CONFERENCE AT LABADI BEACH HOTEL CONFERENCE HALL, ACCRA ON 13th - 14th NOVEMBER 2017
Theme: “Maximizing the benefits of petroleum resources in Africa; the role of open contracting for efficient negotiations and effective revenue utilizations”.
Instituted in 2015, the Africa Oil Governance Summit is an annual event that brings together stakeholders in Africa’s petroleum industry to deliberate on emerging governance issues in the sector. The Africa Centre for Energy Policy (ACEP) realized the need for the African continent to consolidate gains and right wrongs made from management of petroleum resources and to initiate dialogue aimed at translating the extraction of oil into socio-economic development. The Centre recognizes that the vehicle to this is a strengthened governance framework that reduces incentive for corruption, builds capacity and invest revenues efficiently. The maiden Summit in 2015 broadly discussed governance around Africa’s oil, touching on contract transparency, local content, institutional development, and revenue accountability. In the 2016 edition, the summit focused on the survival strategies for African oil producers amidst low oil prices. This year, the discussion will anchor on open contracting and how African countries can recognize that as key for transparency and ultimate determination of national take.
Read More Contracting establishes many of the commitments between government and companies in the extractive industries. This implies that, benefits from petroleum resources are significantly determined by contracts. Within the petroleum value chain, open contracting has been a challenge for many governments in resource rich countries. Many of the challenges influencing poor negotiating of contracts in Africa include lack of institutional capacity in contract negotiation, corruption of public officials, allocation of contracts to companies without financial and technical capacity, granting of tax concessions to undeserving companies and lack of strong oversight institutions to scrutinize contracts to ensure better deals. This is worsened by lack of transparency in contracting processes. The net effect of all these is fertile ground for rent seeking, corruption and nepotism in contract awards, information asymmetry between companies and governments, individual interest projected against national interest, and ultimately, massive revenue loss to the state due to poorly negotiated contracts. In recent times more African countries are adopting open contracting by instituting policies that provide for contract transparency. Through the Extractive Industry Transparency Initiative (EITI) process, advocacy from the international community and and civil society, many countries are embracing contract transparency. This year’s Summit intends to bring together Civil Society, Governments, and the business community to discuss the principles and benefits of open contracting. Lessons would be drawn from across the continent on the experiences, challenges, current developments and new perspectives with regards to open contracting. More importantly, emphasis would be placed on how open contracting provides the opportunity for citizens to demand accountability from governments and the oil companies at each point of the value chain of the industry. The guidance note to speakers and moderators will be tailored to bring out lessons and experiences worth emulating and reforming.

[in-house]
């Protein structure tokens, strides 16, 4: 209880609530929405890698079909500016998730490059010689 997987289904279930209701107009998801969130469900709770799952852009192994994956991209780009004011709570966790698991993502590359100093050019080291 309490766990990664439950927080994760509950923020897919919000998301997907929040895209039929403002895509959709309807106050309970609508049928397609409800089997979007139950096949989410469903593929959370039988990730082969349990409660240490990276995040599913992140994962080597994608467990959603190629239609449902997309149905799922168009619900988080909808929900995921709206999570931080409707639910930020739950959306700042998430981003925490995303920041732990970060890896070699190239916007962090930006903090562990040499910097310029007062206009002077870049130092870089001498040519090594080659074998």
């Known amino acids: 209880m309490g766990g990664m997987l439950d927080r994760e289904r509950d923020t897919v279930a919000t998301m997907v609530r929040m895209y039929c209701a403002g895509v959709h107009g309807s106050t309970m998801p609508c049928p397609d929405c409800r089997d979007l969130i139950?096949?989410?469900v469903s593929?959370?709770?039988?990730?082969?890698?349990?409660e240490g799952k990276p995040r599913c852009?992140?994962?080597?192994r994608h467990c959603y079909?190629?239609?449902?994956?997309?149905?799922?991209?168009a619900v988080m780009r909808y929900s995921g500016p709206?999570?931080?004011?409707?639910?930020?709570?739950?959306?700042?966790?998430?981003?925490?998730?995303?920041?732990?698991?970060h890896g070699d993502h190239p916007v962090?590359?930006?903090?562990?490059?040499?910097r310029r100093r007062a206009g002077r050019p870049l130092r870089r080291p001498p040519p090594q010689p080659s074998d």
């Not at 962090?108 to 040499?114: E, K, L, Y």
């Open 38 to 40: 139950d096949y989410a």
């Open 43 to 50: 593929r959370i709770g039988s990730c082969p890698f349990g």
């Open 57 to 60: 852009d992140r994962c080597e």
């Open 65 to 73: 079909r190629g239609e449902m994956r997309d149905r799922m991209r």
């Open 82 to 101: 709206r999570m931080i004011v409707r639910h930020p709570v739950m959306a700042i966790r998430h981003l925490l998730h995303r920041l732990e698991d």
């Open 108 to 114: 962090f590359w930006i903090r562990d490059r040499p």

There will be strong media presence at the Summit.
Africa Centre for Energy Policy (ACEP), partners and allies met in Accra from the 23rd and 24th of November 2016, to review and reflect on progress made by the country and Africa as a whole in the governance of its oil resources and to build the desired consensus on a road map to resource prosperity. The summit focused particularly on how good governance from oil wealth can be translated into development in Africa and how the continent could be assured to move away from the oil resource curse. For good governance to be achieved, participants agreed that it was paramount to pursue transparency and accountability in the oil resource sector.
In ensuring transparency, it was acknowledged that some African countries have made impressive progress such as the adoption of open and competitive bidding processes for granting oil concessions. Particularly for Ghana, the government has propelled the institutionalisation of a number of processes including the setting up of the Petroleum Commission Act, the Petroleum Revenue Management Act (PRMA) and the Public Interest Accountability Committee (PIAC) amongst others. These demonstrate the strong foundation being laid to promote good governance in the oil sector in Ghana which sets an example for other African nations. However it was agreed that more could be and needed to be done in terms of promoting accountability. Participants agreed that it was time for transparency to translate into accountability.